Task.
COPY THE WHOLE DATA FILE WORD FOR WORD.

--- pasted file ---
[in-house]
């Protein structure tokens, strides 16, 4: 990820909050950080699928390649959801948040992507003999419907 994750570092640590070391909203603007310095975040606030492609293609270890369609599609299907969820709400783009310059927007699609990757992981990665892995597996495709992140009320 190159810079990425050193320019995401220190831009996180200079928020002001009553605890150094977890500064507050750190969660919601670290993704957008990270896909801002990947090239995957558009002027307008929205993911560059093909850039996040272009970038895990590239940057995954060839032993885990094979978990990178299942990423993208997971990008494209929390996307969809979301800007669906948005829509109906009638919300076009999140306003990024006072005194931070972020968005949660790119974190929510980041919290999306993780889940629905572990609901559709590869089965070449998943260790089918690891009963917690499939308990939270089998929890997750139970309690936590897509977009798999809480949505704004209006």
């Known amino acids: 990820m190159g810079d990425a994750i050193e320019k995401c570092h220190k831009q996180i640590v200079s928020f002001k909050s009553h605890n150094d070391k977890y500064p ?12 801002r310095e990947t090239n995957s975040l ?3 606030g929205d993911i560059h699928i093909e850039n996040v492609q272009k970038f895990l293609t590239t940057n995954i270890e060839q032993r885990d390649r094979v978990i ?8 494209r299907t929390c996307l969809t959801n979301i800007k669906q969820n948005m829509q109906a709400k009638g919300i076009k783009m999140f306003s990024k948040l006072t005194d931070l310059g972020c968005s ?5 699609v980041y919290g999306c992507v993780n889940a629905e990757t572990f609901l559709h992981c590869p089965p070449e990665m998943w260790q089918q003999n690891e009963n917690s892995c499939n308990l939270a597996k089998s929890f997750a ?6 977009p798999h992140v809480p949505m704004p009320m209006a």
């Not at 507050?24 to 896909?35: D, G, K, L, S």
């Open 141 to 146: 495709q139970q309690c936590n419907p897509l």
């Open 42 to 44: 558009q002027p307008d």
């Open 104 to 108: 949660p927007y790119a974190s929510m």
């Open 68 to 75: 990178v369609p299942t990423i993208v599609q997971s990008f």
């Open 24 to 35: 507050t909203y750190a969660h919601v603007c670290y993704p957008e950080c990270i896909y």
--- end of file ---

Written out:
[in-house]
């Protein structure tokens, strides 16, 4: 990820909050950080699928390649959801948040992507003999419907 994750570092640590070391909203603007310095975040606030492609293609270890369609599609299907969820709400783009310059927007699609990757992981990665892995597996495709992140009320 190159810079990425050193320019995401220190831009996180200079928020002001009553605890150094977890500064507050750190969660919601670290993704957008990270896909801002990947090239995957558009002027307008929205993911560059093909850039996040272009970038895990590239940057995954060839032993885990094979978990990178299942990423993208997971990008494209929390996307969809979301800007669906948005829509109906009638919300076009999140306003990024006072005194931070972020968005949660790119974190929510980041919290999306993780889940629905572990609901559709590869089965070449998943260790089918690891009963917690499939308990939270089998929890997750139970309690936590897509977009798999809480949505704004209006």
């Known amino acids: 990820m190159g810079d990425a994750i050193e320019k995401c570092h220190k831009q996180i640590v200079s928020f002001k909050s009553h605890n150094d070391k977890y500064p ?12 801002r310095e990947t090239n995957s975040l ?3 606030g929205d993911i560059h699928i093909e850039n996040v492609q272009k970038f895990l293609t590239t940057n995954i270890e060839q032993r885990d390649r094979v978990i ?8 494209r299907t929390c996307l969809t959801n979301i800007k669906q969820n948005m829509q109906a709400k009638g919300i076009k783009m999140f306003s990024k948040l006072t005194d931070l310059g972020c968005s ?5 699609v980041y919290g999306c992507v993780n889940a629905e990757t572990f609901l559709h992981c590869p089965p070449e990665m998943w260790q089918q003999n690891e009963n917690s892995c499939n308990l939270a597996k089998s929890f997750a ?6 977009p798999h992140v809480p949505m704004p009320m209006a």
């Not at 507050?24 to 896909?35: D, G, K, L, S």
């Open 141 to 146: 495709q139970q309690c936590n419907p897509l």
């Open 42 to 44: 558009q002027p307008d």
């Open 104 to 108: 949660p927007y790119a974190s929510m």
């Open 68 to 75: 990178v369609p299942t990423i993208v599609q997971s990008f």
């Open 24 to 35: 507050t909203y750190a969660h919601v603007c670290y993704p957008e950080c990270i896909y």